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Relevance: God's Kingdom Mandate or Cultural Deception?

Relevance: God's Kingdom Mandate or Cultural Deception?

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Relevance: God's Kingdom Mandate or Cultural Deception?

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Apr 11, 2019


Relevance in today's culture has become the quest and mandate of the modern church. Relevance explores the scriptural view of cultural relevance and establishes the legitimacy of the full-gospel church in the climate of Christian political correctness.
Apr 11, 2019

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Relevance - Dr. Shirley Arnold



Something big is happening in the church. After years of conducting a traveling ministry and pastoring a local church body, it is clear to me that a major shift has visited the house of the Lord. This should be no surprise if you have listened to the prophetic words of the last twenty years. It was declared that a new church would arise and would not resemble the traditions of the past. I wholeheartedly agreed and looked forward to the new thing the Lord would do in the next season. I participated in roundtable discussions about the postmodern era and how the church would respond. I began to hear innovative ideas about how to reach our culture and how to breach the walls of the church in order to impact our communities. Again, I was excited about the new season that was coming.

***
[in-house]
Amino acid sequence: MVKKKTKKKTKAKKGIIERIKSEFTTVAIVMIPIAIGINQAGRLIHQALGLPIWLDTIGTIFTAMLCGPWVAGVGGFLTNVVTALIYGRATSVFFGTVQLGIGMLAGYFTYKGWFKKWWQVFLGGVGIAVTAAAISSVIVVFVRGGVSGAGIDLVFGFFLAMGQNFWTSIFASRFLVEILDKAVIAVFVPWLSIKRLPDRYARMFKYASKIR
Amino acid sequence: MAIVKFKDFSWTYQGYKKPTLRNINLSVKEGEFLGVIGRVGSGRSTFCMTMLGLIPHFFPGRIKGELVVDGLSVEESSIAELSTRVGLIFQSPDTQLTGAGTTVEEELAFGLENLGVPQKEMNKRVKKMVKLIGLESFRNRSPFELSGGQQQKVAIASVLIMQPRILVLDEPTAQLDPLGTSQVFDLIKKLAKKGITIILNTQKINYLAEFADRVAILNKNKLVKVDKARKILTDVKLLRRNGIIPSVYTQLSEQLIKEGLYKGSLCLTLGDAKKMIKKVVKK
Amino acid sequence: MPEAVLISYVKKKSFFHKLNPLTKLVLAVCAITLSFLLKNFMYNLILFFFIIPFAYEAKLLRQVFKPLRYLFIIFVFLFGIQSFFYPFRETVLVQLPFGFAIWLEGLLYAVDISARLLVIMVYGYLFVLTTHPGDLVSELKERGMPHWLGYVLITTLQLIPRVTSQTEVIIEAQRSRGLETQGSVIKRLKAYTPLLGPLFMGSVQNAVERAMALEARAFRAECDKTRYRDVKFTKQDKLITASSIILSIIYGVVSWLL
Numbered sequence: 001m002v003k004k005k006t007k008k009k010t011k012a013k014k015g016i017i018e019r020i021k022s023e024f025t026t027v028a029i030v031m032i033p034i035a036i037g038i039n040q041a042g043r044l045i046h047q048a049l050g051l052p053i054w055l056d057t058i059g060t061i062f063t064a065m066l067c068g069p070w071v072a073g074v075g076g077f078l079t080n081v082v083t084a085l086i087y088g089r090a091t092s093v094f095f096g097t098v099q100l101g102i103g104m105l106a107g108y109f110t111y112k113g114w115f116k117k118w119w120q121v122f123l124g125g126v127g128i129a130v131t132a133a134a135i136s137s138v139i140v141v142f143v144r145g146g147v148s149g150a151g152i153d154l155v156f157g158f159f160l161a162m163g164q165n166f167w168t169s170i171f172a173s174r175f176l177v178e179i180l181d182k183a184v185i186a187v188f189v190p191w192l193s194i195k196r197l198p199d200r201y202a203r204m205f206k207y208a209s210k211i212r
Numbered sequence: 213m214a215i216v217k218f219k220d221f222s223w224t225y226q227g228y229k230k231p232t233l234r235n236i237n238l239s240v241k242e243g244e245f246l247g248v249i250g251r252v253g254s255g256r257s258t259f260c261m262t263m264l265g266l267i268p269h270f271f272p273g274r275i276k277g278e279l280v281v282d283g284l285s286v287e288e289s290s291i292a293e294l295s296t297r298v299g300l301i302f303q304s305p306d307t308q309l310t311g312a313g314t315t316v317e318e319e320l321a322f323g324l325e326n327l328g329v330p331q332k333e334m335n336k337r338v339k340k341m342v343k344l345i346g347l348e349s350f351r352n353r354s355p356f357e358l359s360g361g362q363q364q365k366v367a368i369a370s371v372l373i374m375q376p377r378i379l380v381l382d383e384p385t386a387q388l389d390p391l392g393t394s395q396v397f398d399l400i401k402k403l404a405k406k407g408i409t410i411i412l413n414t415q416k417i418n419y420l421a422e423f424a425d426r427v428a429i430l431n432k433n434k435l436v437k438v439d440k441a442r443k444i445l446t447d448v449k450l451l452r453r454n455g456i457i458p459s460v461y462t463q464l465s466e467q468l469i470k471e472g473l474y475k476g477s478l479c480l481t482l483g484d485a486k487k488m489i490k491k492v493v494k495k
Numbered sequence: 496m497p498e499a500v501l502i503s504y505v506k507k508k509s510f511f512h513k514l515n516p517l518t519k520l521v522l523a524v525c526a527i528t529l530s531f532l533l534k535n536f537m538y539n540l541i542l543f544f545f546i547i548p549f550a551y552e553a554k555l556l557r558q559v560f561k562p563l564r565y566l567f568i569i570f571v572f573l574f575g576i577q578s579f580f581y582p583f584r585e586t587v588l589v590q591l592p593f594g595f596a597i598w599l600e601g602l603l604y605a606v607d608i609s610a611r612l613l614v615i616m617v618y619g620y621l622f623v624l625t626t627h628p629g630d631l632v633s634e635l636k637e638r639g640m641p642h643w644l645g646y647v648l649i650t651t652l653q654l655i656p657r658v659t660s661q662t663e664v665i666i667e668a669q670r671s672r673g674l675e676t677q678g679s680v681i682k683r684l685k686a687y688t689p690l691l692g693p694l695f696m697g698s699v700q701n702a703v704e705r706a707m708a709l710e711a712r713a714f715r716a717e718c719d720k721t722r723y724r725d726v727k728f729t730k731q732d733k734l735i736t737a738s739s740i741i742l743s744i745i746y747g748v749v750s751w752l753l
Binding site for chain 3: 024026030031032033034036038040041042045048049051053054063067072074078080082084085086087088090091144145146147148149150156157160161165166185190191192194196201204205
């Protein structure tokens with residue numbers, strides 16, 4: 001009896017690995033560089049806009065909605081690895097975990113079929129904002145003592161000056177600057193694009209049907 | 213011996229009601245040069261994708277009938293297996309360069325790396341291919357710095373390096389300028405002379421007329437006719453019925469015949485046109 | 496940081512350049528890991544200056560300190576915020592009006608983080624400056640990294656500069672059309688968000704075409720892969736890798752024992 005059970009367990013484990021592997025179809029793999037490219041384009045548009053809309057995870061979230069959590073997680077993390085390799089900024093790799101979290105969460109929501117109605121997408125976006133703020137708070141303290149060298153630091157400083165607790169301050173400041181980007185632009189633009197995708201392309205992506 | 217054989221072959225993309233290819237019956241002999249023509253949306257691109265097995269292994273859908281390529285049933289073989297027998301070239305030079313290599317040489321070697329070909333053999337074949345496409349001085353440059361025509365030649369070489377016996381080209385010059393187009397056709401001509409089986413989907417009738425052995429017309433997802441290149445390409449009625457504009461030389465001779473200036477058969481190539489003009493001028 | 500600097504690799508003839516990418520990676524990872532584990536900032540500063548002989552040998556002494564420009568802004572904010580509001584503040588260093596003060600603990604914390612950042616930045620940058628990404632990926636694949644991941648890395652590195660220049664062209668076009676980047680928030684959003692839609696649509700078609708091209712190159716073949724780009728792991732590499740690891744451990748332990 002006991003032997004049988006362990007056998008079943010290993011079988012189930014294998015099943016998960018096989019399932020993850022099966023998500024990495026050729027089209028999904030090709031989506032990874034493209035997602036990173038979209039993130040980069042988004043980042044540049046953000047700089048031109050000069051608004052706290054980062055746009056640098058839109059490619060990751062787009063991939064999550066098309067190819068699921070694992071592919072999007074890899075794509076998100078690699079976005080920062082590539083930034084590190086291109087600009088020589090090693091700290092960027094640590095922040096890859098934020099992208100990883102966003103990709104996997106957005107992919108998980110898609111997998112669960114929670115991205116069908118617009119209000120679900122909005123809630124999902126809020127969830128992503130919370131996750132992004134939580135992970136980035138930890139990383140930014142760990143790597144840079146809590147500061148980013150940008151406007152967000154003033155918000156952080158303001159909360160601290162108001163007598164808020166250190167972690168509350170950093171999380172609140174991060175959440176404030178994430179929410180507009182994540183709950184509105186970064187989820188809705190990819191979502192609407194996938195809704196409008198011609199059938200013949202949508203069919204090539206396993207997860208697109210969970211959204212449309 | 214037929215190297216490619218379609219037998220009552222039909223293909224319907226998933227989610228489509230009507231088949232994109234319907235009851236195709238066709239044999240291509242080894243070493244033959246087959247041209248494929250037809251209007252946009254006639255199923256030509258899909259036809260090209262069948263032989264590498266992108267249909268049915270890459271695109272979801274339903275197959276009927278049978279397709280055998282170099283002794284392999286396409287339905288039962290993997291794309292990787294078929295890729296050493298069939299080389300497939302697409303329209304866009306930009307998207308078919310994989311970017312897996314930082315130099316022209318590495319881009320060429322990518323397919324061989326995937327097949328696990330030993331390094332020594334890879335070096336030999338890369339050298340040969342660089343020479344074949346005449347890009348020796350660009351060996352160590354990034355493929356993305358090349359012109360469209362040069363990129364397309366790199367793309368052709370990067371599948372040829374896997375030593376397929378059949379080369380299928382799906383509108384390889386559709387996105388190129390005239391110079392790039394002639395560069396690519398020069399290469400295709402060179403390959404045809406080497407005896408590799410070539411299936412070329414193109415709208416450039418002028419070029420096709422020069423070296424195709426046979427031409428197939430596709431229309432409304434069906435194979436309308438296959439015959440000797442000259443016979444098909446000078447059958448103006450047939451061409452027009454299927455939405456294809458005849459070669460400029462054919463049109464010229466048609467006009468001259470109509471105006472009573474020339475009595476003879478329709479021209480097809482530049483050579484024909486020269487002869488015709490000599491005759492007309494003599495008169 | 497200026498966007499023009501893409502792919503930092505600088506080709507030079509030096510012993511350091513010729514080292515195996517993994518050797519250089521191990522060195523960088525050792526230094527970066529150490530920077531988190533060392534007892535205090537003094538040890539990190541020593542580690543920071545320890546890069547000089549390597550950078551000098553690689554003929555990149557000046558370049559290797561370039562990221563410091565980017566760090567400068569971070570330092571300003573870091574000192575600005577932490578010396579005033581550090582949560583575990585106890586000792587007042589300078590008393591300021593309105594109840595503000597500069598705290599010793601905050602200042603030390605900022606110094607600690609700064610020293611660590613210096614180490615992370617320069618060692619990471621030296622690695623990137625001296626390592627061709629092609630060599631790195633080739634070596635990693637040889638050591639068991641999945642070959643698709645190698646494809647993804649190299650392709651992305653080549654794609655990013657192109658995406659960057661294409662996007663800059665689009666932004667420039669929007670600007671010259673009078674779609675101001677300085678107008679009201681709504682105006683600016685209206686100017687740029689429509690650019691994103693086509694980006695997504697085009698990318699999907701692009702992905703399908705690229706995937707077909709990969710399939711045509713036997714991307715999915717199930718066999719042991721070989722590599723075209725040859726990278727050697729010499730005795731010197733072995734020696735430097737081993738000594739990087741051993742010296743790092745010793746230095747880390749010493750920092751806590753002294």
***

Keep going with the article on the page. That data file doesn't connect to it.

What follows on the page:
However, the innovative impact has affected the church in ways I could not have imagined. Along with the burden to reach our communities, the philosophy of cultural relevance has become an overarching theme. Change is necessary in every generation. But not all change is for the good. It seems that in some cases, being culturally relevant means adapting to the cultural norm. This raises the following question: Is the culture supposed to impact the church more than the church is impacting the culture?

We listened to all the statistics about why people attend church and why they don’t. Then we began to institute methodologies and strategies that would answer the challenge of why people don’t attend. So the culture voted on what it wanted in a church, and now we have adapted to the culture to give people what they want. The new model of church is more masculine, with shorter services and more social programs. And churches have grown by the thousands as we have given the consumer what they want in this product called church.

Now, don’t get me wrong. There are great people doing great things with what some people would call great success. I do believe that the lost are being reached and the social programs are providing a service greatly needed. However, some concerning side effects have resulted.

The architects and builders of this new philosophy believe that the full-gospel church, with public demonstration of the gifts of the Spirit, including speaking in tongues, is no longer relevant to our society. If we believe in the full operation of the Holy Spirit, both in His person and His giftings, we are ridiculed and considered old-fashioned. This new model tolerates no other model’s existence. So the full-gospel Pentecostal churches are in a battle to preserve the full expression of the Holy Spirit—and many are losing the battle.